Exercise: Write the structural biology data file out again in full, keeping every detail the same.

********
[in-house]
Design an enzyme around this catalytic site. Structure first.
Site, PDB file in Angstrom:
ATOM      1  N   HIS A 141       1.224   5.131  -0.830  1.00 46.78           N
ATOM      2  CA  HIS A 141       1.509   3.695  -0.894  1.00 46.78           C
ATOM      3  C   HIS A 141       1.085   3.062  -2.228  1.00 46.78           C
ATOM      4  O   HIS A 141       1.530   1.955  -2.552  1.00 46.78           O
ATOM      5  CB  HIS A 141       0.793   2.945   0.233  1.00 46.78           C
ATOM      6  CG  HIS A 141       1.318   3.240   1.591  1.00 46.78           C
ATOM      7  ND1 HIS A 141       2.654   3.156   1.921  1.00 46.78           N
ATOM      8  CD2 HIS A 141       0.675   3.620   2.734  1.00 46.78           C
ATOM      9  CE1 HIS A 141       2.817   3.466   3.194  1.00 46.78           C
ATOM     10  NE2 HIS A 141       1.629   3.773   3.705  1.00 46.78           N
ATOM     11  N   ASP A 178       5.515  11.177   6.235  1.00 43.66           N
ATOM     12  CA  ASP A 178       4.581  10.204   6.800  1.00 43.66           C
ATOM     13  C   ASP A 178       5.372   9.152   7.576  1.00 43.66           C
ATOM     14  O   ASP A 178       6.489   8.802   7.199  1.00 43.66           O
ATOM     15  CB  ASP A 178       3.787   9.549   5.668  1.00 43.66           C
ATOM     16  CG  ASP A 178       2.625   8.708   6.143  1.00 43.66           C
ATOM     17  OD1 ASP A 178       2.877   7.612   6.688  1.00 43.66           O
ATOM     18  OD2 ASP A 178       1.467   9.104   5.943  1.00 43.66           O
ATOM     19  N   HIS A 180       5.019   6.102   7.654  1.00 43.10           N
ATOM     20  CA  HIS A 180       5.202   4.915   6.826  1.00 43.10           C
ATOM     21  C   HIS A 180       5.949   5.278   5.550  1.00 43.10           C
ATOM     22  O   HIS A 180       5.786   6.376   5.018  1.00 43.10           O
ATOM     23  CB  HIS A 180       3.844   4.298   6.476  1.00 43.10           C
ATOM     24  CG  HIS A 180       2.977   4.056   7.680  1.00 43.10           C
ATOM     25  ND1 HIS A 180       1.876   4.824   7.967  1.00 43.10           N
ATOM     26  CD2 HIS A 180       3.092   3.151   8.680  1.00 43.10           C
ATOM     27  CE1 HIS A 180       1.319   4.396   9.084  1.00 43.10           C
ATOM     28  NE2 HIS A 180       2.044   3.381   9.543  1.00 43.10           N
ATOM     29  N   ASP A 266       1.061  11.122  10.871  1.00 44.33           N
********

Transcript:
[in-house]
Design an enzyme around this catalytic site. Structure first.
Site, PDB file in Angstrom:
ATOM      1  N   HIS A 141       1.224   5.131  -0.830  1.00 46.78           N
ATOM      2  CA  HIS A 141       1.509   3.695  -0.894  1.00 46.78           C
ATOM      3  C   HIS A 141       1.085   3.062  -2.228  1.00 46.78           C
ATOM      4  O   HIS A 141       1.530   1.955  -2.552  1.00 46.78           O
ATOM      5  CB  HIS A 141       0.793   2.945   0.233  1.00 46.78           C
ATOM      6  CG  HIS A 141       1.318   3.240   1.591  1.00 46.78           C
ATOM      7  ND1 HIS A 141       2.654   3.156   1.921  1.00 46.78           N
ATOM      8  CD2 HIS A 141       0.675   3.620   2.734  1.00 46.78           C
ATOM      9  CE1 HIS A 141       2.817   3.466   3.194  1.00 46.78           C
ATOM     10  NE2 HIS A 141       1.629   3.773   3.705  1.00 46.78           N
ATOM     11  N   ASP A 178       5.515  11.177   6.235  1.00 43.66           N
ATOM     12  CA  ASP A 178       4.581  10.204   6.800  1.00 43.66           C
ATOM     13  C   ASP A 178       5.372   9.152   7.576  1.00 43.66           C
ATOM     14  O   ASP A 178       6.489   8.802   7.199  1.00 43.66           O
ATOM     15  CB  ASP A 178       3.787   9.549   5.668  1.00 43.66           C
ATOM     16  CG  ASP A 178       2.625   8.708   6.143  1.00 43.66           C
ATOM     17  OD1 ASP A 178       2.877   7.612   6.688  1.00 43.66           O
ATOM     18  OD2 ASP A 178       1.467   9.104   5.943  1.00 43.66           O
ATOM     19  N   HIS A 180       5.019   6.102   7.654  1.00 43.10           N
ATOM     20  CA  HIS A 180       5.202   4.915   6.826  1.00 43.10           C
ATOM     21  C   HIS A 180       5.949   5.278   5.550  1.00 43.10           C
ATOM     22  O   HIS A 180       5.786   6.376   5.018  1.00 43.10           O
ATOM     23  CB  HIS A 180       3.844   4.298   6.476  1.00 43.10           C
ATOM     24  CG  HIS A 180       2.977   4.056   7.680  1.00 43.10           C
ATOM     25  ND1 HIS A 180       1.876   4.824   7.967  1.00 43.10           N
ATOM     26  CD2 HIS A 180       3.092   3.151   8.680  1.00 43.10           C
ATOM     27  CE1 HIS A 180       1.319   4.396   9.084  1.00 43.10           C
ATOM     28  NE2 HIS A 180       2.044   3.381   9.543  1.00 43.10           N
ATOM     29  N   ASP A 266       1.061  11.122  10.871  1.00 44.33           N